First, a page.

According to Dr. Siomara Sanchez Guerra, the national president of the association, the Elena Mederos award is given each year to Hispanic women who have contributed to the advancement of the Hispanic-American community.
Birne, who began her career in education when she was only 20 years old, is the only local recipient of the award this year.
"I am very honored as a Cuban-American and an Hispanic woman," said Birne. "It is a great honor to be recognized."
Union City Municipal Court Judge Lilia Munoz received the award last year.
This year's recipients include Brunilda Nunez Fabrega De Baeza, the deputy permanent representative of Panama to the United Nations in New York City; Shirley Rodriguez Remeneski, a commissioner on the New York City Housing Authority; and Lolita De La Vega, the publisher and editor and chief of Temas Magazine.
What an honor
When Adriana Birne began her career with the Union City Board of Education as a second-grade teacher at Sarah Gilmore Elementary School 20 years ago, she was often mistaken for one of the students herself.
On April 30 of last year, Birne was appointed acting director of the city's Day Care program. This year, she moved into the board's central office as a director of language programs.
"I put my heart and soul into what I believe in," said Birne. "Education is very important in a child's life."
Birne's love of education began when she was a child. Both of Birne's parents were educators. Her father was a school counselor at Emerson High School in Union City and her mother was a teacher in the Newark Public School System.
"If you work hard and believe in education you can reach success," said Birne, remembering one of the lessons her parents instilled in her.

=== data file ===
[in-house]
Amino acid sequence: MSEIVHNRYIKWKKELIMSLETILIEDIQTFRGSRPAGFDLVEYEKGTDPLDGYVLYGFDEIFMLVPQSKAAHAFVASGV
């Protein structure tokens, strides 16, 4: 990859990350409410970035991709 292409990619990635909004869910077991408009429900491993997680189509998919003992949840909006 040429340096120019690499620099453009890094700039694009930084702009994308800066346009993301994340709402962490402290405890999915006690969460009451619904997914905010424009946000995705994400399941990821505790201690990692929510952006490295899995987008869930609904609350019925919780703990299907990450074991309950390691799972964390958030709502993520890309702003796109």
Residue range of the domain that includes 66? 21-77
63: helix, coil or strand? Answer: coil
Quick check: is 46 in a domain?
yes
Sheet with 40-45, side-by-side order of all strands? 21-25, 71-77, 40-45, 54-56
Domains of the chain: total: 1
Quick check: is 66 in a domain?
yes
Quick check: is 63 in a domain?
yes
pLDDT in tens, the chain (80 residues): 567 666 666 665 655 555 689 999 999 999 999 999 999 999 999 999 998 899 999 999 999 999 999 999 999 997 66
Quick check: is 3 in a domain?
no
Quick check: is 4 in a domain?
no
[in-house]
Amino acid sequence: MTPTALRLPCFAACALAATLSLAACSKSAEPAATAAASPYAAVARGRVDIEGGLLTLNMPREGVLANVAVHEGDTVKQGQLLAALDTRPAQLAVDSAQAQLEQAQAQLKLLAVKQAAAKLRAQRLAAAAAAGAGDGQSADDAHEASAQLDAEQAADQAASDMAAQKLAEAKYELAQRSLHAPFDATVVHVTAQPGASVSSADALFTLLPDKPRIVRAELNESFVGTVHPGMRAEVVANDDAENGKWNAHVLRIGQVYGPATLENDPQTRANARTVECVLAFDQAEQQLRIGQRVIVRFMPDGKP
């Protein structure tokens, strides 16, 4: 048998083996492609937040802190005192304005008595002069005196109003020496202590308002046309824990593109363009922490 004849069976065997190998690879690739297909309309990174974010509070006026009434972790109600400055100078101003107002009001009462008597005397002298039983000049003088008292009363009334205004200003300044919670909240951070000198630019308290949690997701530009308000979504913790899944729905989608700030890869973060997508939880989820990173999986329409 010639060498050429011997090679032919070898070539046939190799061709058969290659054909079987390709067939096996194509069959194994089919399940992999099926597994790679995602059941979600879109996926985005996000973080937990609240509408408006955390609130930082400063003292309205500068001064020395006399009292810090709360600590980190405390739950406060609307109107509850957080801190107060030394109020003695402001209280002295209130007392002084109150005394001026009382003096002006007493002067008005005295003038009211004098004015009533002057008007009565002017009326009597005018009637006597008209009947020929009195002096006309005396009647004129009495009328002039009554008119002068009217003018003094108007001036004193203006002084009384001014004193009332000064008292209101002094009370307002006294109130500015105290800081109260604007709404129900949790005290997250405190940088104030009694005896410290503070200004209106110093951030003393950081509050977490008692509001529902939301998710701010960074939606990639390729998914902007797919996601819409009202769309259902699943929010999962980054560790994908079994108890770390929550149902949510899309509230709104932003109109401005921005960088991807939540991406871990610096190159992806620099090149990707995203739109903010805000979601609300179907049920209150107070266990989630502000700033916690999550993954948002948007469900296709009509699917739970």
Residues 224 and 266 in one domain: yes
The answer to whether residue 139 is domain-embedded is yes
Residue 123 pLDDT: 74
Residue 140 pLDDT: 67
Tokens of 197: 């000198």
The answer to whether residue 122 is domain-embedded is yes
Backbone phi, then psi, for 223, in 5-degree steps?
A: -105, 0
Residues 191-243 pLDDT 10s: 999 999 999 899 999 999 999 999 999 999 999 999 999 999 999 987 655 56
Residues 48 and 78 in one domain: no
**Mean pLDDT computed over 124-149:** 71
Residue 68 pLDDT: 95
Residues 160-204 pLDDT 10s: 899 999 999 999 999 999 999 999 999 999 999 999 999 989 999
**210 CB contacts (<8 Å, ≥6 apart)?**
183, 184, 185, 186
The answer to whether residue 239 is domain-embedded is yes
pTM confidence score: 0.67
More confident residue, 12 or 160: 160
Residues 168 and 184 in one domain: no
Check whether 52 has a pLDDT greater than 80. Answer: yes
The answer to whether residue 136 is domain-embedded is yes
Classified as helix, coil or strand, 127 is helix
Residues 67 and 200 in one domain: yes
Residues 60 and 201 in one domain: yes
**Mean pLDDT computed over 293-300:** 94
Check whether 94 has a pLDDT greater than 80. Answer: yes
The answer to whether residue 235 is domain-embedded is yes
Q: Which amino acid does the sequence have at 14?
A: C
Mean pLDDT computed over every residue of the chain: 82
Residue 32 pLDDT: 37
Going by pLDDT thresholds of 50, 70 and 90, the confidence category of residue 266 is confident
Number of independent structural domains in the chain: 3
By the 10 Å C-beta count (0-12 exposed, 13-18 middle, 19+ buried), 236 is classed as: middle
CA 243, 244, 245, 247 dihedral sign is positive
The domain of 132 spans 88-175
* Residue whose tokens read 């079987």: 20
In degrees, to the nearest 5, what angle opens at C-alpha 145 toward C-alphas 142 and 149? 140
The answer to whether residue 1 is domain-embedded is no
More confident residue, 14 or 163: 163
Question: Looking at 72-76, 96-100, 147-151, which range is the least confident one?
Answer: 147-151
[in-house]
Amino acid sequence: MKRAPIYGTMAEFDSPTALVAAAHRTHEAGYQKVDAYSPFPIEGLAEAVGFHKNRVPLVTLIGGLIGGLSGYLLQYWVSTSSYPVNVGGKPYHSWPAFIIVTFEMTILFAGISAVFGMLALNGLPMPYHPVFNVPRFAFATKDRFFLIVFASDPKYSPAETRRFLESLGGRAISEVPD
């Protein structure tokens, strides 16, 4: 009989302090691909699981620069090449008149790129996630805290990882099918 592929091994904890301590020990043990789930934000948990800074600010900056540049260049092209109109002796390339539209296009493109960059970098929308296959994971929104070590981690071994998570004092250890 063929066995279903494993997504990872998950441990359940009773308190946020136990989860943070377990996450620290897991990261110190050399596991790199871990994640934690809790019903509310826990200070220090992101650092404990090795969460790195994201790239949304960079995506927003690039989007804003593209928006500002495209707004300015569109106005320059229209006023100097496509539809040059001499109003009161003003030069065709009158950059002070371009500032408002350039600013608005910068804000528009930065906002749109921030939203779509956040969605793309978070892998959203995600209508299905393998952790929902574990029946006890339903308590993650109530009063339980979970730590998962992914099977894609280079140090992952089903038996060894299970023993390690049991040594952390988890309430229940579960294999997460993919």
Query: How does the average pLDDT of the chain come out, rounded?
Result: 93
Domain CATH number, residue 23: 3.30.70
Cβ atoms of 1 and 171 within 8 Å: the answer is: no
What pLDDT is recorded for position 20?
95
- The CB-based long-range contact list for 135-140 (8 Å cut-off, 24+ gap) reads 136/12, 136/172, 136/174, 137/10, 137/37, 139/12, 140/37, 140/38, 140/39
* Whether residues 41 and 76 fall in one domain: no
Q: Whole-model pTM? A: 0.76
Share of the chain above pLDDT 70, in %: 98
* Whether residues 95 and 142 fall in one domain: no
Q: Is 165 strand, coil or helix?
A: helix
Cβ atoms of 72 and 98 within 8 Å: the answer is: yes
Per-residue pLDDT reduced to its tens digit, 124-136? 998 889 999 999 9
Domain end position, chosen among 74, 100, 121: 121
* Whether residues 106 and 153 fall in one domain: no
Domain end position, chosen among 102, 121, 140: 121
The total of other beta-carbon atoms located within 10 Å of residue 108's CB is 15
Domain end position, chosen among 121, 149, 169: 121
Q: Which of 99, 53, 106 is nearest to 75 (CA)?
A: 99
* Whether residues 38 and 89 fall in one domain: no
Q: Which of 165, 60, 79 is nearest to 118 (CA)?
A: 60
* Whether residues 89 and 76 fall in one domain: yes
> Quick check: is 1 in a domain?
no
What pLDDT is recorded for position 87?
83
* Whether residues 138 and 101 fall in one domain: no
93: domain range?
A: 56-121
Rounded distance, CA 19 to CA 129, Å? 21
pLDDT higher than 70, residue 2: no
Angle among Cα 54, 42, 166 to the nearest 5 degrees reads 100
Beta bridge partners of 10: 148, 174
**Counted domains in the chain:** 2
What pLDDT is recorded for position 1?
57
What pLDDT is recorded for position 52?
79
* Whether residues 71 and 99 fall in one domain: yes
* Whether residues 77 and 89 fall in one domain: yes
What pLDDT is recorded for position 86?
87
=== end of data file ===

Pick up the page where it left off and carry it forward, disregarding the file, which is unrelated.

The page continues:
Birne's twin sister, Silvia Abbato, is currently the principal of Hudson School, a kindergarten through sixth grade school in Union City.
Who was Elena Mederos?
Elena Mederos, who was the founding vice president of the Association of Cuban-American Women, was known for her contributions to women's human rights and social work in Cuba and in the United States.
Before coming to the United States in 1962, Mederos was named the first Minister of Social Work in Cuba and helped found the school of Social Work at the University of Havana, which established social work as a career in the country.
However, Mederos resigned from her position after Fidel Castro took control of the country in 1961, just two years later.
Mederos dedicated most of her adult life in the United States to working to free her nephew, who was a political prisoner in Cuba. Mederos founded Of Human Rights, an organization dedicated to freeing political prisoners in Cuba, in hopes of freeing her nephew.
Unfortunately, Mederos passed away before her nephew was released.
"[Mederos] spoke of Human Rights way before it was popular in the United States," said Maria Luisa Guerrera, a close friend of Mederos and author of Un Mujer con Perfil (A Woman with a Face), a biography of Mederos' life. Guerrera also was a past recipient of the Elena Mederos Award.
Today, the Elena Mederos Foundation in Miami is continuing Mederos' work in the United States.